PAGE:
We all have experienced those days when we eat just a little (or maybe a lot) more than we know we are hungry for. Maybe it was Thanksgiving and the turkey was just so moist, the mashed potatoes so rich and buttery we couldn't resist. Or a birthday party with cake where just one piece wasn’t enough! It may have been a normal day, out with friends for pizza where the aromas and setting had you scarfing down slice after slice. Maybe you had an extra busy or stressful day at work and that bag of M&M’s on the counter was calling your name! No matter the circumstance, we can all relate to that “loosening the belt” sensation and guilt that comes along with it. Overeating is never a fun feeling, physically or mentally- but I promise these sensations do pass! In the
meantime, however, how do we handle the full belly and shameful thoughts that arise? Do you beat yourself up for the binge? Swear off the triggering food? Restrict the next meal? Go “burn off” the extra calories at the gym? These are all common “solutions” for bingers, although they are NOT helpful in the long run as they encourage future binges to occur! We want to end the binge-restrict cycle, not promote its continuation. So let’s discover how we can do this!
First, I want you to LET GO of the guilt and MOVE ON from the binge. What happened is in the past. The food has been eaten and there is nothing you can do to change this fact (so please don't try!). I promise you, one day of overeating will not make you gain weight or effect your overall health in the slightest bit. Binging will, however, cause weight gain and negative health consequences when it is repeated time after time. So the best thing we can do now is to let it go, stop thinking about it and learn how to break the binging cycle so it is less likely to occur in the future. The important key here is to let go of the guilt and shame that arises from the binge episode.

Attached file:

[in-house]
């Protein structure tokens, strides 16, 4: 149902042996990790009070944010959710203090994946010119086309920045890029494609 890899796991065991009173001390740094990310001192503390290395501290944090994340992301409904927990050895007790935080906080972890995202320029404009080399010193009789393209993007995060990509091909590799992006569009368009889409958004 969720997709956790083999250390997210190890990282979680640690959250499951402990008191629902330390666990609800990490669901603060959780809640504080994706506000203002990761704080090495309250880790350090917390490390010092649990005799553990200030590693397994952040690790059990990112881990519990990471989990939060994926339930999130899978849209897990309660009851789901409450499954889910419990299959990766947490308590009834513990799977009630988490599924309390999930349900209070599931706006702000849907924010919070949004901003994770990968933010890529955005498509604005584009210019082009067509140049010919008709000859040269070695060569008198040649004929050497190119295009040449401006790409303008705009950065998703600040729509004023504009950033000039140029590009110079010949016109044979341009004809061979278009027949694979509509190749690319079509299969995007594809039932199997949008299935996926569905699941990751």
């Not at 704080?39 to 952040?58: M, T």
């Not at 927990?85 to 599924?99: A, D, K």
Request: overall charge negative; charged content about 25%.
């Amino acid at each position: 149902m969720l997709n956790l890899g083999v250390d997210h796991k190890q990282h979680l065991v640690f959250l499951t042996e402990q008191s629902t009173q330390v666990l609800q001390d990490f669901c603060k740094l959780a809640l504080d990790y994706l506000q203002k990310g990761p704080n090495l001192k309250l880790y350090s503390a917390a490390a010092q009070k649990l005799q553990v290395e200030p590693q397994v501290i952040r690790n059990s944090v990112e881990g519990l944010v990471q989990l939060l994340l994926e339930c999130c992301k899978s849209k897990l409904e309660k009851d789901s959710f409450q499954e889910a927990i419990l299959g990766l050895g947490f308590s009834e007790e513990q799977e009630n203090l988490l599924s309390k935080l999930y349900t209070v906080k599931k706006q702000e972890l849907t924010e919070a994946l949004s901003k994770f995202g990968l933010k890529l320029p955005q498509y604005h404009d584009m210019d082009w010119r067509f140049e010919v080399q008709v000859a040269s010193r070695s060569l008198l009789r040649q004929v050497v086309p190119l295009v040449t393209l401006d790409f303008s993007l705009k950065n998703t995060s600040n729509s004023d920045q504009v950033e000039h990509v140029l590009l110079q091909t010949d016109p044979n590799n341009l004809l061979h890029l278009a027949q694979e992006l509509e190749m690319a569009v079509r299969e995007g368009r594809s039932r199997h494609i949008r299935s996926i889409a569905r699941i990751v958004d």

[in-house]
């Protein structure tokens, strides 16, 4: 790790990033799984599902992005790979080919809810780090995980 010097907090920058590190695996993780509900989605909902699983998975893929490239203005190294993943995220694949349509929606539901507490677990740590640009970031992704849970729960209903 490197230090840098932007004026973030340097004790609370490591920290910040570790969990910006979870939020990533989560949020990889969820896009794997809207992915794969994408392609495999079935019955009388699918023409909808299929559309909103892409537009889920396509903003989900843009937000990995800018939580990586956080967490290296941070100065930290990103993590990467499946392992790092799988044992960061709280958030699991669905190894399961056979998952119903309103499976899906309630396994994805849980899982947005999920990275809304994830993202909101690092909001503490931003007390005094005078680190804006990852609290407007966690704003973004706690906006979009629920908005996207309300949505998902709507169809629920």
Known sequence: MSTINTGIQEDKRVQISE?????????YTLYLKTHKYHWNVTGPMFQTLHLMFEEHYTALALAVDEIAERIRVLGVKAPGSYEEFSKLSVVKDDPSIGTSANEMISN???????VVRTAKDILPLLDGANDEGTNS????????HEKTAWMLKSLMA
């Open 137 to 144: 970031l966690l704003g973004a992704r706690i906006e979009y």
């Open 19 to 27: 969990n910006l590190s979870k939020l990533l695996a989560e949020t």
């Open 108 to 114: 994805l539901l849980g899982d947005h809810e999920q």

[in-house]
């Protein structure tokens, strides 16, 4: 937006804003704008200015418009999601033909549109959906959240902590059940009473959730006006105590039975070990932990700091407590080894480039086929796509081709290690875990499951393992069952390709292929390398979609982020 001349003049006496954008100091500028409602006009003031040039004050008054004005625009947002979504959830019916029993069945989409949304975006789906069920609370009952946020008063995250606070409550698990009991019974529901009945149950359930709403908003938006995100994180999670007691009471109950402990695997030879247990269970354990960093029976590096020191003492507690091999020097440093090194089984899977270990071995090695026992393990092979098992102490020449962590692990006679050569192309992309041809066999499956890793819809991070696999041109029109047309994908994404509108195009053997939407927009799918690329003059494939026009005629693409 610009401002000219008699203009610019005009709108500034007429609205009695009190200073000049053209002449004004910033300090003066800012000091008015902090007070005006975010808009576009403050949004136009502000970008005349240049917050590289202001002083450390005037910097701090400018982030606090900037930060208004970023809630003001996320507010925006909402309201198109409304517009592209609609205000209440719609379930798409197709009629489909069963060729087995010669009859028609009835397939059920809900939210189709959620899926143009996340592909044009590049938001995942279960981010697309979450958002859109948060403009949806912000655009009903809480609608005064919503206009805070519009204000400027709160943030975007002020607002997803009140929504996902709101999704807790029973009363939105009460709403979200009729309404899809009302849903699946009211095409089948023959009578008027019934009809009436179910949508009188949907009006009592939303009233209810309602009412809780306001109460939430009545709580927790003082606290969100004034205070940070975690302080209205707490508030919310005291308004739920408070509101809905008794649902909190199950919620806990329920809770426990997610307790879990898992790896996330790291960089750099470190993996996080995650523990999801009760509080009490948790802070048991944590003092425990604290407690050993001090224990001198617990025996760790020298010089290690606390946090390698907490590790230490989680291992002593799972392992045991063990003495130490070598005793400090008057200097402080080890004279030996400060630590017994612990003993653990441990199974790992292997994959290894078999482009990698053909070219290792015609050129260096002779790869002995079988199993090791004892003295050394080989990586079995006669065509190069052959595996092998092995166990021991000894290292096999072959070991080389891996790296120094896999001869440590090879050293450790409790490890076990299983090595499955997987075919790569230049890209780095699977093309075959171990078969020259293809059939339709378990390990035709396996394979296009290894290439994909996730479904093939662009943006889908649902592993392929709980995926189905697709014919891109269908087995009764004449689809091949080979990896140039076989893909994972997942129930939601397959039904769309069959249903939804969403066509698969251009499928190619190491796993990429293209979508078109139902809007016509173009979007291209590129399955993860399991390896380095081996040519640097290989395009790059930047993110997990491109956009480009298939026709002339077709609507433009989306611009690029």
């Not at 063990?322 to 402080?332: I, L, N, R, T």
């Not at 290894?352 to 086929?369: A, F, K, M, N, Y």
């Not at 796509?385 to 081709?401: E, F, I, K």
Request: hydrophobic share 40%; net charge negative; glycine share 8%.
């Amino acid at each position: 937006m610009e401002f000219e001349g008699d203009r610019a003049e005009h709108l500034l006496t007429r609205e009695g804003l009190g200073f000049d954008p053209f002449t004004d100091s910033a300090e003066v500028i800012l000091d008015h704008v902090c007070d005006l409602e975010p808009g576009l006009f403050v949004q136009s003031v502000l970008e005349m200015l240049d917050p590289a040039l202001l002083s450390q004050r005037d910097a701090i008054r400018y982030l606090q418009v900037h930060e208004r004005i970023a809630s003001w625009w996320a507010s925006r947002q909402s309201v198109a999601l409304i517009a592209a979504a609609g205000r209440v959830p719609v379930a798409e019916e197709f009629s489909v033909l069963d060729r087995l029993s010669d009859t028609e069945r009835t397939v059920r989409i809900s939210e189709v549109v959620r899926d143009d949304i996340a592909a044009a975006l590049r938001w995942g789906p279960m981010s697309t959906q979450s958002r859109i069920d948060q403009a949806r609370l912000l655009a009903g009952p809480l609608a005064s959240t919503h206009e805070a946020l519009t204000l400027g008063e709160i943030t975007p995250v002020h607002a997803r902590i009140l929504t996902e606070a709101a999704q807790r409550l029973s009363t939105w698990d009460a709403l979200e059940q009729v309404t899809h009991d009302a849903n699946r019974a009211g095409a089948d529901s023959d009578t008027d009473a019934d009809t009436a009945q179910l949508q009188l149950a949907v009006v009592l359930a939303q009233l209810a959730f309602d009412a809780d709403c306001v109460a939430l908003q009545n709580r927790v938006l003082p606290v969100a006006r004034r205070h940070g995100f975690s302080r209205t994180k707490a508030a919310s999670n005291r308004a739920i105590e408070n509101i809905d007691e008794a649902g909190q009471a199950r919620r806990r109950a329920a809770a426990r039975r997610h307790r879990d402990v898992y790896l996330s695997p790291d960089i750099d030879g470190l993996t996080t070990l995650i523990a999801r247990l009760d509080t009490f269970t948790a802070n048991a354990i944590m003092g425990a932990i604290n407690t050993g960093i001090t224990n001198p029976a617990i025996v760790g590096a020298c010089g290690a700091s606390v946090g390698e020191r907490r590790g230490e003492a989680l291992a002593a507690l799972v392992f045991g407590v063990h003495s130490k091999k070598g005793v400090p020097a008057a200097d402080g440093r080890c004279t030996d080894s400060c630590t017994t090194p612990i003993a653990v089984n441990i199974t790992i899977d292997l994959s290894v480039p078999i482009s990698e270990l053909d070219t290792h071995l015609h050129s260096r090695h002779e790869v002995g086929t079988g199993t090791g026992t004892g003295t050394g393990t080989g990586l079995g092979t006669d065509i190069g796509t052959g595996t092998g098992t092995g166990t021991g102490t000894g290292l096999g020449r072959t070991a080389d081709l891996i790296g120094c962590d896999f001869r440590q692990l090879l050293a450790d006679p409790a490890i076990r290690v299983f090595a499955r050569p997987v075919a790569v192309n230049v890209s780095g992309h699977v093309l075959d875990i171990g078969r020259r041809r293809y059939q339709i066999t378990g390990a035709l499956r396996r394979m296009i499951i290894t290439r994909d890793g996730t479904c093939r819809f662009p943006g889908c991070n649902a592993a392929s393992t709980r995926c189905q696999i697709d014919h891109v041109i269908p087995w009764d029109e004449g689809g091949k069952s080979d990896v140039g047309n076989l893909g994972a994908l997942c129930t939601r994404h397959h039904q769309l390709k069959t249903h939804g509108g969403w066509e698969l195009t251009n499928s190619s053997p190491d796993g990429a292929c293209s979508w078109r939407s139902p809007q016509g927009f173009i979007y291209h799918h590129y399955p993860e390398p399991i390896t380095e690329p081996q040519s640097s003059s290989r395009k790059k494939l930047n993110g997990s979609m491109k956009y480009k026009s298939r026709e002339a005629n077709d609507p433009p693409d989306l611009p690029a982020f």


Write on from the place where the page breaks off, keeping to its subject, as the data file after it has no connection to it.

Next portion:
Next, we should explore why you felt the urge to binge in the first place. There are many explanations for why a binge may occur. Some may include:
- A busy or stressful day
- Skipping meals or snacks, leading to excessive hunger at later meals
- Current dieting, restriction of calories or avoidance of specific foods/food groups
- Increase in activity which is not being met by adequate calories leading to excessive hunger
- A restless night of sleep
- Feelings of loneliness, depression or shamefulness
- Feelings of excitement, joy or celebration
- Settings- being at a party, out to eat or with friends and family
These are not the only reasons for a binge, everyone is different and their personal reasons for overeating vary greatly. Never the less, the effect is the same- a bloated belly and guilty conscience.
If you are able to determine the reason behind the binge, you may be able to stop it from happening again. For example, if you recognize that a stressful day caused your desire to overeat, then the next time you are extra stressed you can recognize this emotion and take the appropriate actions to relieve the stress such as by taking a walk, a calming bath or talking to a close friend. If you over ate due to missing a meal earlier in the day, then you may want to pre-plan out your meals or keep snacks on hand to ensure you never become too hungry. If you binged due to the situation you were in (maybe it was a holiday or birthday) then be aware that you are prone to eat more when surrounded by abundant amounts of food or friends and carry this conscience reminder with you- although I think eating a little extra at Thanksgiving, a birthday party or other special occasion is pretty normal! But what is NOT normal is to feel overcome by guilt and shame or acting by restricting or purging when you have done so.
Last, we want to continue living! After we move on and discover the reason behind the binge, we want to keep eating and moving as you normally do. Don't feel the need to eat less at the next meal, avoid the tempting foods or exercise excessively to “work it off”. Any of these punishments for overeating will end up causing you to continue in the restrict-binge cycle again and again. Studies show that when people restrict foods as a method of controlling their weight, they tend to obsess over those foods and binge on them which leads to guilt and the need to restrict that food again! This cycle goes on and on and will
not be broken until we stop trying to “make up” for the previous binge. Instead of restricting at the following meals, listen to your body and when you are truly hungry again, choose to nourish your body! Make a healthy, balanced meal that will satisfy and fulfill you! Don't try to restrict calories or certain foods because it will eventually lead to another binge. Nourish your body. Move on. Stop the guilt. And ultimately, lets learn to break the cycle!